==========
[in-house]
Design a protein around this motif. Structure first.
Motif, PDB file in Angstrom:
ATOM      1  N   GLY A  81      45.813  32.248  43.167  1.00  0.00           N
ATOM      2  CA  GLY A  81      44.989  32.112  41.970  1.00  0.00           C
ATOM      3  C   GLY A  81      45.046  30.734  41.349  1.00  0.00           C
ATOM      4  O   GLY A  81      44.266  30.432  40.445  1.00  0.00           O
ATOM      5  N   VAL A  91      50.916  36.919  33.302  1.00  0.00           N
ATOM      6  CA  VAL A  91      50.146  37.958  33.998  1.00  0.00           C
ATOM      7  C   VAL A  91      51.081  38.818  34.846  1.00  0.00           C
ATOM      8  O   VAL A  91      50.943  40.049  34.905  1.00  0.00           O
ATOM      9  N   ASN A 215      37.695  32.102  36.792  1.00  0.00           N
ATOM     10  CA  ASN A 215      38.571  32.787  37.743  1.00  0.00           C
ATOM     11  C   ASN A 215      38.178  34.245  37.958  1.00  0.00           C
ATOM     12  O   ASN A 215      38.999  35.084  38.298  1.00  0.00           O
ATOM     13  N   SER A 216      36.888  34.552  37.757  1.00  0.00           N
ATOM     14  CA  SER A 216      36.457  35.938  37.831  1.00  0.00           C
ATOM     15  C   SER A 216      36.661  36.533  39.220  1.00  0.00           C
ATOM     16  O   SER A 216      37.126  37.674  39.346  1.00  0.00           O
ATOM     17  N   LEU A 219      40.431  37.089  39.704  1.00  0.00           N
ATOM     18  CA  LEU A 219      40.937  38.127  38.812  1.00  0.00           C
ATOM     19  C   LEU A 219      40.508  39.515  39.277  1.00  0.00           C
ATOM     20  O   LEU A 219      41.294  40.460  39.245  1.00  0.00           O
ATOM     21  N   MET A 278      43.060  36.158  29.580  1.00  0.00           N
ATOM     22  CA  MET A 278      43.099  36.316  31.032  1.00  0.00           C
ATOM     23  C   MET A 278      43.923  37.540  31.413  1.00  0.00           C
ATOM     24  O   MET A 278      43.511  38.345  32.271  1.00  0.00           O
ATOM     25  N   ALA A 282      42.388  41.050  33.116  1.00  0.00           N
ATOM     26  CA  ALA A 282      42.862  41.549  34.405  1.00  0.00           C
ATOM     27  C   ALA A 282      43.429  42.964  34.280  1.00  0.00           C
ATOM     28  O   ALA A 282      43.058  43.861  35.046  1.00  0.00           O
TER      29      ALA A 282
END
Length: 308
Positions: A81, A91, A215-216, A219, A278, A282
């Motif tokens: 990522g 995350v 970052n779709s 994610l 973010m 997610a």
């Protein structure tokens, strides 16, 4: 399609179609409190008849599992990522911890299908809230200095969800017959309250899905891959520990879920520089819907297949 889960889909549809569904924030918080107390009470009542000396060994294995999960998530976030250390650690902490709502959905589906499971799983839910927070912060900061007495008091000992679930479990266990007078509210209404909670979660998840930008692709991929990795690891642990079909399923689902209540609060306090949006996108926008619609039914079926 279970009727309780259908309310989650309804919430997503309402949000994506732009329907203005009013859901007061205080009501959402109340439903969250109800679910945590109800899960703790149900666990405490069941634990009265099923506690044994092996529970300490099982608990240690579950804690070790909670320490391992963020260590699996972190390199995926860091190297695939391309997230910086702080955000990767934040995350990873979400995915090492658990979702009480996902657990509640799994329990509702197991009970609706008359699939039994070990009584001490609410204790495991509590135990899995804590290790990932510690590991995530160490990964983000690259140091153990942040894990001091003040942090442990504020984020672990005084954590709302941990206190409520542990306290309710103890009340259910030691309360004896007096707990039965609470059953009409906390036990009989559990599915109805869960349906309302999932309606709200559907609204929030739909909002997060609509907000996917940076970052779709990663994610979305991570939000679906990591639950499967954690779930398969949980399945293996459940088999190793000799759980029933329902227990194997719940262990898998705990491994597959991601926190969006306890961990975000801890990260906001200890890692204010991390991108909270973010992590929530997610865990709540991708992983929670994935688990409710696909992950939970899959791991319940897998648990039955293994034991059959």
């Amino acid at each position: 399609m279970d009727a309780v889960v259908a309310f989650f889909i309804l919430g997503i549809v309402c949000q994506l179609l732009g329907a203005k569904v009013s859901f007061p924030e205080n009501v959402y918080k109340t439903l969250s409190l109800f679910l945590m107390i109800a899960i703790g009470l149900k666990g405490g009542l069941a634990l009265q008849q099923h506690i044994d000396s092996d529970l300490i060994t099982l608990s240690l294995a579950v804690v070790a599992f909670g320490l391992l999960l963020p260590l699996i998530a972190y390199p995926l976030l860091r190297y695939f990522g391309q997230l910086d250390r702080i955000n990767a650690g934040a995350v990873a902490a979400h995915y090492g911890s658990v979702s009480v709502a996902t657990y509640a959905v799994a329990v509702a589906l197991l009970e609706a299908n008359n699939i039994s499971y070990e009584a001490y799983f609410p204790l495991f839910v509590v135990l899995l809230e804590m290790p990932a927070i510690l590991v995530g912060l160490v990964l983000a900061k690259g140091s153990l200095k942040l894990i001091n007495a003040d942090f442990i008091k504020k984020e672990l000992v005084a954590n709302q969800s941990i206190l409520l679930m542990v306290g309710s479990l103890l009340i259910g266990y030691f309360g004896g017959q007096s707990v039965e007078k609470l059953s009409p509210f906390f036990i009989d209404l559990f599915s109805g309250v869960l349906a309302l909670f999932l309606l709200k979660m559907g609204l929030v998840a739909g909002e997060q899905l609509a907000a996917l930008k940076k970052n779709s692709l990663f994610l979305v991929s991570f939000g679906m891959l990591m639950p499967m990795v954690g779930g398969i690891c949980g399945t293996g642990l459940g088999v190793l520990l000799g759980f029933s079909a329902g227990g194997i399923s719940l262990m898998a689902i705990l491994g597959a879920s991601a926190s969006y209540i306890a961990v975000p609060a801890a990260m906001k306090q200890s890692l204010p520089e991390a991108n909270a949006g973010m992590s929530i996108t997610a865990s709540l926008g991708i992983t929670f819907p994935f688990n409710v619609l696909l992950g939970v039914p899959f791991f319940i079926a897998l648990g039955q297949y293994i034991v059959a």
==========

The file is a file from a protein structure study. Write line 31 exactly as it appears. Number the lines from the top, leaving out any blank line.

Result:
ATOM     28  O   ALA A 282      43.058  43.861  35.046  1.00  0.00           O